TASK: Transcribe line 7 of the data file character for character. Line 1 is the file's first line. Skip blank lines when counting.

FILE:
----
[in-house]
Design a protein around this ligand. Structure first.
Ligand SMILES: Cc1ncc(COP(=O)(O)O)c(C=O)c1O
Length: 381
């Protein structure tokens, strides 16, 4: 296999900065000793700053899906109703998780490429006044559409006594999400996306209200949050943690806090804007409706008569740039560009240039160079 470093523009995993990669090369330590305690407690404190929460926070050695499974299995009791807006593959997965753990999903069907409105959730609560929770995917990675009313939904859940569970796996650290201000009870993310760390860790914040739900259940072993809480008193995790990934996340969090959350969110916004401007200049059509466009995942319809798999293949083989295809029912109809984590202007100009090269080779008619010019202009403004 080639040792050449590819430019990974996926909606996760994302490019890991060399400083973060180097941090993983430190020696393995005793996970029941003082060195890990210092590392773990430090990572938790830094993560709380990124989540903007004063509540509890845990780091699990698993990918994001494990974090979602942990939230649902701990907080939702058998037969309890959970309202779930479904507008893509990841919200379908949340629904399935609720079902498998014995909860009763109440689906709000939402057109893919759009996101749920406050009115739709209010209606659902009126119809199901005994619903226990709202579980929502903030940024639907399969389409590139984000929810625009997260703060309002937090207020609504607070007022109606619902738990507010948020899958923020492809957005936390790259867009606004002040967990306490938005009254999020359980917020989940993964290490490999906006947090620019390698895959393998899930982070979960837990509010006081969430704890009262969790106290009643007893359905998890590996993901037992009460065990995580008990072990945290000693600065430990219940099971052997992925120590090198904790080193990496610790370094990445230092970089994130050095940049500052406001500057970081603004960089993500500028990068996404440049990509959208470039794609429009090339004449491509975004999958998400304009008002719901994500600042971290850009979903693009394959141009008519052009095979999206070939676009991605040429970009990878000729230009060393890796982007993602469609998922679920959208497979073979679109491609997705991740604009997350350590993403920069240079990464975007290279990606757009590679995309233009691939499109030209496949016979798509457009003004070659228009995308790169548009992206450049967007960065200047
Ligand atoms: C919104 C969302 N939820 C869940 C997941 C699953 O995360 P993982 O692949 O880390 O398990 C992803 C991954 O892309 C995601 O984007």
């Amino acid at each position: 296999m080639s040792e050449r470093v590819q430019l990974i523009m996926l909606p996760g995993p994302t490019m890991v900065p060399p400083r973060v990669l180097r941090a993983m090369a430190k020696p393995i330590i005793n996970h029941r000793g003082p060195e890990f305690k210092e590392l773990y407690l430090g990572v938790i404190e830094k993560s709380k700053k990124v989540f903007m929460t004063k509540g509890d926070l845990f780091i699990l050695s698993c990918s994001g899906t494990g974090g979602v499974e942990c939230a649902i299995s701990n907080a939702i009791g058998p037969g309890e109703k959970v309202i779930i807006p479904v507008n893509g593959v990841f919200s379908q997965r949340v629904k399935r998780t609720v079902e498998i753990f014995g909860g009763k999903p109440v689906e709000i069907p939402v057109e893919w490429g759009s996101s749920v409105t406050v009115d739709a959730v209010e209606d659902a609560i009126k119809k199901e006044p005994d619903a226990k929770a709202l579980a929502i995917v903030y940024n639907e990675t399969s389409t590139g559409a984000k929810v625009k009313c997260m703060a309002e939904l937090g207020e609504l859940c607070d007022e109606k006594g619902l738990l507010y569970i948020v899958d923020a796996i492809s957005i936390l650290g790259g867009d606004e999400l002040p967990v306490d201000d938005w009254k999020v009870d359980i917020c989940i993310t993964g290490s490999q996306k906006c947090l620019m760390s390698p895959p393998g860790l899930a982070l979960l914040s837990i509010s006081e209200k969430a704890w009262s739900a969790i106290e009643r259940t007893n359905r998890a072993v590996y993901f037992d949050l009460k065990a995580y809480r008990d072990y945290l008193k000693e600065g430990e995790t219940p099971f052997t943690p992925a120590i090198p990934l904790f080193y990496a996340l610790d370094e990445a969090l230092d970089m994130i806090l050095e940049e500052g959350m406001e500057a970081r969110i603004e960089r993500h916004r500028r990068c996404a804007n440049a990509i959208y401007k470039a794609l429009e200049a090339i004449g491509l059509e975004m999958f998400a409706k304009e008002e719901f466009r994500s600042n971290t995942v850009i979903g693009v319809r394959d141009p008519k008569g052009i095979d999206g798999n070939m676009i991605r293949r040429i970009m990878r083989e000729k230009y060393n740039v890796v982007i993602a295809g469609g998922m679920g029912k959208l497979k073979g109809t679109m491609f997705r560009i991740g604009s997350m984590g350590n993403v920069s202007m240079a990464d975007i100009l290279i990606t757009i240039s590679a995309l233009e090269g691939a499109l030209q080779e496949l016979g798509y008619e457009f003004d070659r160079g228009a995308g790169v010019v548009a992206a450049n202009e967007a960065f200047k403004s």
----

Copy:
């Amino acid at each position: 296999m080639s040792e050449r470093v590819q430019l990974i523009m996926l909606p996760g995993p994302t490019m890991v900065p060399p400083r973060v990669l180097r941090a993983m090369a430190k020696p393995i330590i005793n996970h029941r000793g003082p060195e890990f305690k210092e590392l773990y407690l430090g990572v938790i404190e830094k993560s709380k700053k990124v989540f903007m929460t004063k509540g509890d926070l845990f780091i699990l050695s698993c990918s994001g899906t494990g974090g979602v499974e942990c939230a649902i299995s701990n907080a939702i009791g058998p037969g309890e109703k959970v309202i779930i807006p479904v507008n893509g593959v990841f919200s379908q997965r949340v629904k399935r998780t609720v079902e498998i753990f014995g909860g009763k999903p109440v689906e709000i069907p939402v057109e893919w490429g759009s996101s749920v409105t406050v009115d739709a959730v209010e209606d659902a609560i009126k119809k199901e006044p005994d619903a226990k929770a709202l579980a929502i995917v903030y940024n639907e990675t399969s389409t590139g559409a984000k929810v625009k009313c997260m703060a309002e939904l937090g207020e609504l859940c607070d007022e109606k006594g619902l738990l507010y569970i948020v899958d923020a796996i492809s957005i936390l650290g790259g867009d606004e999400l002040p967990v306490d201000d938005w009254k999020v009870d359980i917020c989940i993310t993964g290490s490999q996306k906006c947090l620019m760390s390698p895959p393998g860790l899930a982070l979960l914040s837990i509010s006081e209200k969430a704890w009262s739900a969790i106290e009643r259940t007893n359905r998890a072993v590996y993901f037992d949050l009460k065990a995580y809480r008990d072990y945290l008193k000693e600065g430990e995790t219940p099971f052997t943690p992925a120590i090198p990934l904790f080193y990496a996340l610790d370094e990445a969090l230092d970089m994130i806090l050095e940049e500052g959350m406001e500057a970081r969110i603004e960089r993500h916004r500028r990068c996404a804007n440049a990509i959208y401007k470039a794609l429009e200049a090339i004449g491509l059509e975004m999958f998400a409706k304009e008002e719901f466009r994500s600042n971290t995942v850009i979903g693009v319809r394959d141009p008519k008569g052009i095979d999206g798999n070939m676009i991605r293949r040429i970009m990878r083989e000729k230009y060393n740039v890796v982007i993602a295809g469609g998922m679920g029912k959208l497979k073979g109809t679109m491609f997705r560009i991740g604009s997350m984590g350590n993403v920069s202007m240079a990464d975007i100009l290279i990606t757009i240039s590679a995309l233009e090269g691939a499109l030209q080779e496949l016979g798509y008619e457009f003004d070659r160079g228009a995308g790169v010019v548009a992206a450049n202009e967007a960065f200047k403004s």